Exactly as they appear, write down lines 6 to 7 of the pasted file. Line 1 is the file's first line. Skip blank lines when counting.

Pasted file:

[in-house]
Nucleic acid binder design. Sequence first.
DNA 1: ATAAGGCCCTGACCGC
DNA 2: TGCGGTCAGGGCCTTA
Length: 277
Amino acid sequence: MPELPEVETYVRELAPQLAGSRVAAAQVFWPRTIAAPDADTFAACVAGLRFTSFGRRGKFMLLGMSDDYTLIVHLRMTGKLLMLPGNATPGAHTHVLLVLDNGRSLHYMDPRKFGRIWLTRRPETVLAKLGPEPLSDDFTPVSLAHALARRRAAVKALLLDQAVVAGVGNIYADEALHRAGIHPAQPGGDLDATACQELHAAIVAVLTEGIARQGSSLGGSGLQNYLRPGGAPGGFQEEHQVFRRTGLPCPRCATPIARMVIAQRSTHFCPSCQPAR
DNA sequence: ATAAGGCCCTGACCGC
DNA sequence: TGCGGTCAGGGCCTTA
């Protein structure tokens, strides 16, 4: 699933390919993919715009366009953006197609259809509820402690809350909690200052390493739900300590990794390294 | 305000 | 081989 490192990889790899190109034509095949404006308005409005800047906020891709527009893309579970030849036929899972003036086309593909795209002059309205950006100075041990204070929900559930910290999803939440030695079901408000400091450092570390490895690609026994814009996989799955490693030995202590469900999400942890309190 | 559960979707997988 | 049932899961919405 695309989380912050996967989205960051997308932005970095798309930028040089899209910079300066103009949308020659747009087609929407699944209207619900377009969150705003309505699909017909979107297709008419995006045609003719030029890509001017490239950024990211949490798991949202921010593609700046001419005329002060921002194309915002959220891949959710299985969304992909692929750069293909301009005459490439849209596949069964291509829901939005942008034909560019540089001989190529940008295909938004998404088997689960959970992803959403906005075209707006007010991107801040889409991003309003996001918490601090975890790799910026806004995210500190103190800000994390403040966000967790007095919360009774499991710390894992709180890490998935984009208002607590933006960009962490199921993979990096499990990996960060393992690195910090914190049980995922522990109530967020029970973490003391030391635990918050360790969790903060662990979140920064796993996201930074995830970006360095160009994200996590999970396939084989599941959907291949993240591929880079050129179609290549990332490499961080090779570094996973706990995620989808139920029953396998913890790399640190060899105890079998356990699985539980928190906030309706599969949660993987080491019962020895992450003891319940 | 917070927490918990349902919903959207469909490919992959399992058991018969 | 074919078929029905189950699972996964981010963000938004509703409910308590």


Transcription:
Amino acid sequence: MPELPEVETYVRELAPQLAGSRVAAAQVFWPRTIAAPDADTFAACVAGLRFTSFGRRGKFMLLGMSDDYTLIVHLRMTGKLLMLPGNATPGAHTHVLLVLDNGRSLHYMDPRKFGRIWLTRRPETVLAKLGPEPLSDDFTPVSLAHALARRRAAVKALLLDQAVVAGVGNIYADEALHRAGIHPAQPGGDLDATACQELHAAIVAVLTEGIARQGSSLGGSGLQNYLRPGGAPGGFQEEHQVFRRTGLPCPRCATPIARMVIAQRSTHFCPSCQPAR
DNA sequence: ATAAGGCCCTGACCGC